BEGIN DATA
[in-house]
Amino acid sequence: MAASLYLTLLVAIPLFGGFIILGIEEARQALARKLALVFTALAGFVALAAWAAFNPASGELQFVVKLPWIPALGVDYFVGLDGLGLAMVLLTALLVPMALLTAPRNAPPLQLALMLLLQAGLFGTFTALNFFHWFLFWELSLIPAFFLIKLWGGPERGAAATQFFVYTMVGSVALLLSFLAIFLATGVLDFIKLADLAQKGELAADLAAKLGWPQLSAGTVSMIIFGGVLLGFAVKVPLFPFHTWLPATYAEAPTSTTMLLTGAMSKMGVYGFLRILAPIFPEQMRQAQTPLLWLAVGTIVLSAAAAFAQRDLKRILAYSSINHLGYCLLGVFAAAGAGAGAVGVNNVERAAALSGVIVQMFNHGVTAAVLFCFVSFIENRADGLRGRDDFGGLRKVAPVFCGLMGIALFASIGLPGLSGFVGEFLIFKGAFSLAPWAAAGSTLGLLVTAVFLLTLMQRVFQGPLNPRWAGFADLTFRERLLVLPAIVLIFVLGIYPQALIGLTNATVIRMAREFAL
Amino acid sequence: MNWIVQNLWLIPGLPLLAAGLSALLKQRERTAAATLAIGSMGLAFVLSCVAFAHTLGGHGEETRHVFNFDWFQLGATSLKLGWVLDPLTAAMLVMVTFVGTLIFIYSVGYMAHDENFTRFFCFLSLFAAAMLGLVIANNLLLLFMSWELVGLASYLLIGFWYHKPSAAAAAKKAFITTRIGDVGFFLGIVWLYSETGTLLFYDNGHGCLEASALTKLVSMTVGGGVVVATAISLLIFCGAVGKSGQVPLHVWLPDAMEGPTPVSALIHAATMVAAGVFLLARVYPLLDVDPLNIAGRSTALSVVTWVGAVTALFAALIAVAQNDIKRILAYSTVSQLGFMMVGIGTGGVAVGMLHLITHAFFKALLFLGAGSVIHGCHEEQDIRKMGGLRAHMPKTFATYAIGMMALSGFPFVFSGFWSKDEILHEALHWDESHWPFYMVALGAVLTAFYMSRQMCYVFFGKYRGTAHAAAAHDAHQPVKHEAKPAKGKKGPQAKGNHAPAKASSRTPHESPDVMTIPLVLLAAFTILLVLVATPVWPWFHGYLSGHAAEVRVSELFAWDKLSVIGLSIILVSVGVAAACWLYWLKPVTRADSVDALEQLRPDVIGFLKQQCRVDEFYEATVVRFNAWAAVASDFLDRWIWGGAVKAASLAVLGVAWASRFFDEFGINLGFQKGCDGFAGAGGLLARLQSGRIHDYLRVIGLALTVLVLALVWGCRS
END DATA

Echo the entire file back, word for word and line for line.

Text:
[in-house]
Amino acid sequence: MAASLYLTLLVAIPLFGGFIILGIEEARQALARKLALVFTALAGFVALAAWAAFNPASGELQFVVKLPWIPALGVDYFVGLDGLGLAMVLLTALLVPMALLTAPRNAPPLQLALMLLLQAGLFGTFTALNFFHWFLFWELSLIPAFFLIKLWGGPERGAAATQFFVYTMVGSVALLLSFLAIFLATGVLDFIKLADLAQKGELAADLAAKLGWPQLSAGTVSMIIFGGVLLGFAVKVPLFPFHTWLPATYAEAPTSTTMLLTGAMSKMGVYGFLRILAPIFPEQMRQAQTPLLWLAVGTIVLSAAAAFAQRDLKRILAYSSINHLGYCLLGVFAAAGAGAGAVGVNNVERAAALSGVIVQMFNHGVTAAVLFCFVSFIENRADGLRGRDDFGGLRKVAPVFCGLMGIALFASIGLPGLSGFVGEFLIFKGAFSLAPWAAAGSTLGLLVTAVFLLTLMQRVFQGPLNPRWAGFADLTFRERLLVLPAIVLIFVLGIYPQALIGLTNATVIRMAREFAL
Amino acid sequence: MNWIVQNLWLIPGLPLLAAGLSALLKQRERTAAATLAIGSMGLAFVLSCVAFAHTLGGHGEETRHVFNFDWFQLGATSLKLGWVLDPLTAAMLVMVTFVGTLIFIYSVGYMAHDENFTRFFCFLSLFAAAMLGLVIANNLLLLFMSWELVGLASYLLIGFWYHKPSAAAAAKKAFITTRIGDVGFFLGIVWLYSETGTLLFYDNGHGCLEASALTKLVSMTVGGGVVVATAISLLIFCGAVGKSGQVPLHVWLPDAMEGPTPVSALIHAATMVAAGVFLLARVYPLLDVDPLNIAGRSTALSVVTWVGAVTALFAALIAVAQNDIKRILAYSTVSQLGFMMVGIGTGGVAVGMLHLITHAFFKALLFLGAGSVIHGCHEEQDIRKMGGLRAHMPKTFATYAIGMMALSGFPFVFSGFWSKDEILHEALHWDESHWPFYMVALGAVLTAFYMSRQMCYVFFGKYRGTAHAAAAHDAHQPVKHEAKPAKGKKGPQAKGNHAPAKASSRTPHESPDVMTIPLVLLAAFTILLVLVATPVWPWFHGYLSGHAAEVRVSELFAWDKLSVIGLSIILVSVGVAAACWLYWLKPVTRADSVDALEQLRPDVIGFLKQQCRVDEFYEATVVRFNAWAAVASDFLDRWIWGGAVKAASLAVLGVAWASRFFDEFGINLGFQKGCDGFAGAGGLLARLQSGRIHDYLRVIGLALTVLVLALVWGCRS